When a batter is slumping, there are a number of ways to work out of it. It can be as simple as taking extra batting practice or getting back to a usual plate approach if the batter has started pressing.
For a team-wide slump, though, you need to call on the big guns. You need Daisuke Matsuzaka.
Having trouble with whiffs? Let Daisuke put a flat fastball straight down the middle. Can't seem to get them falling for hits? Don't worry about it! Daisuke will hang some off-speed meatballs for you to put on a line or knock into the stands as you see fit.
Need some expert testimony?
"I was in a real rut before I saw Daisuke. With an OPS under .400, when I stepped into the batters box in the first inning with boos raining down from a crowd that hated my guts more than even my uniform, I was sure it was just gonna be another strikeout. I even almost faked an injury! But Daisuke knew how to make me right again, grooving a four seamer right down broadway. No deception, no movement--it was so good I didn't even have time to get in my own head before my bat was sending that pitch into the visitor's dugout." -Johnny Damon, Tampa Bay Rays Designated Hitter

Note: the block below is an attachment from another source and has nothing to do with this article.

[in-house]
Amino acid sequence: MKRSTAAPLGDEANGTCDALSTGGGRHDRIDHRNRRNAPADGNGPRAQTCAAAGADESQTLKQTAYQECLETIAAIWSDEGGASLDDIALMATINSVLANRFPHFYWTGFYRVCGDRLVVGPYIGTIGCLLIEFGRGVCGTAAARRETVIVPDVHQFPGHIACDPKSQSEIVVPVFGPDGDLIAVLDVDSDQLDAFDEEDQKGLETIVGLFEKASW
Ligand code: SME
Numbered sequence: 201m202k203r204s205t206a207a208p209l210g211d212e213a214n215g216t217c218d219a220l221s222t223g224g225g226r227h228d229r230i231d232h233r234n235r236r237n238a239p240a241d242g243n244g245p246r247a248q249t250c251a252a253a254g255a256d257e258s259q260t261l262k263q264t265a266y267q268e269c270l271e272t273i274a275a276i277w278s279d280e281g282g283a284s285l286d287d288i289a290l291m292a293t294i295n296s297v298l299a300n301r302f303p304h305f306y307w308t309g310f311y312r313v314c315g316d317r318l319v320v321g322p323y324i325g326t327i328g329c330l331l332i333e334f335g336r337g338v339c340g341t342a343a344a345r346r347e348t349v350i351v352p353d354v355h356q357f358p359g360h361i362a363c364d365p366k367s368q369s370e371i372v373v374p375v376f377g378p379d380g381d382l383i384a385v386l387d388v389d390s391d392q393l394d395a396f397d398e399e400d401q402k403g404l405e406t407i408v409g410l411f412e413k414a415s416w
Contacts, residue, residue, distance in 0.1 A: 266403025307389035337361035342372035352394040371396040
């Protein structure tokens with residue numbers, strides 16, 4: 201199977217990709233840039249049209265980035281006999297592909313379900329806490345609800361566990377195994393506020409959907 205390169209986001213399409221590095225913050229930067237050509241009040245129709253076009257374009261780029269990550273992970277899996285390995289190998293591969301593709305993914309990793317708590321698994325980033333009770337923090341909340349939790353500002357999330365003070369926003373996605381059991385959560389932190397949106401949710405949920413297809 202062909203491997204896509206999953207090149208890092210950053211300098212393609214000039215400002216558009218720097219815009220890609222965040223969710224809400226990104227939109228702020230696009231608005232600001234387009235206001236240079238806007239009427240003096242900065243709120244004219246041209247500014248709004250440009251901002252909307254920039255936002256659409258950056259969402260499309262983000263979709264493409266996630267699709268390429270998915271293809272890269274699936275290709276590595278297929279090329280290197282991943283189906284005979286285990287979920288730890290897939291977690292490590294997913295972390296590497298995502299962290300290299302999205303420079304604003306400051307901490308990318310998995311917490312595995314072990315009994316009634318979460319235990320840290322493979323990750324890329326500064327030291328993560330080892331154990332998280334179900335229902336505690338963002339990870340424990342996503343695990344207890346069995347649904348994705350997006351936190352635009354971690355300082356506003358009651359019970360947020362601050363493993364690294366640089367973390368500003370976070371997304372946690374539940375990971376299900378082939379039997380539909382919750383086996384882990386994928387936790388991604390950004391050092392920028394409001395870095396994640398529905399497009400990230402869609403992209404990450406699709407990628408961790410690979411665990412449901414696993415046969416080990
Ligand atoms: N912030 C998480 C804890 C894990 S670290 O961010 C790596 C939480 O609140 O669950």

"Daisuke is so great, man. He even works with groups. Me and my five buddies showed up to our appointment at the start of the second inning, and every last one of us made our way on base. This guy is such a professional that, when he saw BJ wasn't looking too good, he just walked him! Made sure everyone was satisfied. And when we were about to leave, he threw in a treat, letting our new pal Sam from Chicago wrap one around Pesky's Pole!" -John Jaso, Tampa Bay Rays Catcher
"How the hell did he get them to do that?" -Joe Maddon, Tampa Bay Rays Manager
That's not all, though! Every session of Daisuke comes packaged with three innings of Tim Wakefield and a bonus appearance from Dan Wheeler! You're sure to score at least four more runs off of each of them!
In all seriousness though, folks, it was a disaster out there. The only bright spot on the mound came from Alfredo Aceves, whose eight straight outs helped keep the Rays off the board for the briefest of periods.
There were, however, some bright spots at the plate. While another poor performance in the clutch--this time 2-for-12 with runners in scoring position--held the Red Sox to just five runs to the Rays' sixteen, they did pick up ten hits and seven walks, including some important signs of life. Carl Crawford grabbed his first extra base hit of the season with a ground rule double, and added a single later in the game (a third hit was later ruled an error), Ellsbury hit his second homer of the season on a no-doubter to right, and both Adrian Gonzalez and David Ortiz hit triples--perhaps the most improbable combination of three-baggers the game has ever seen.
But the story tonight was Daisuke, plain and simple. And that story was bad, bad, bad.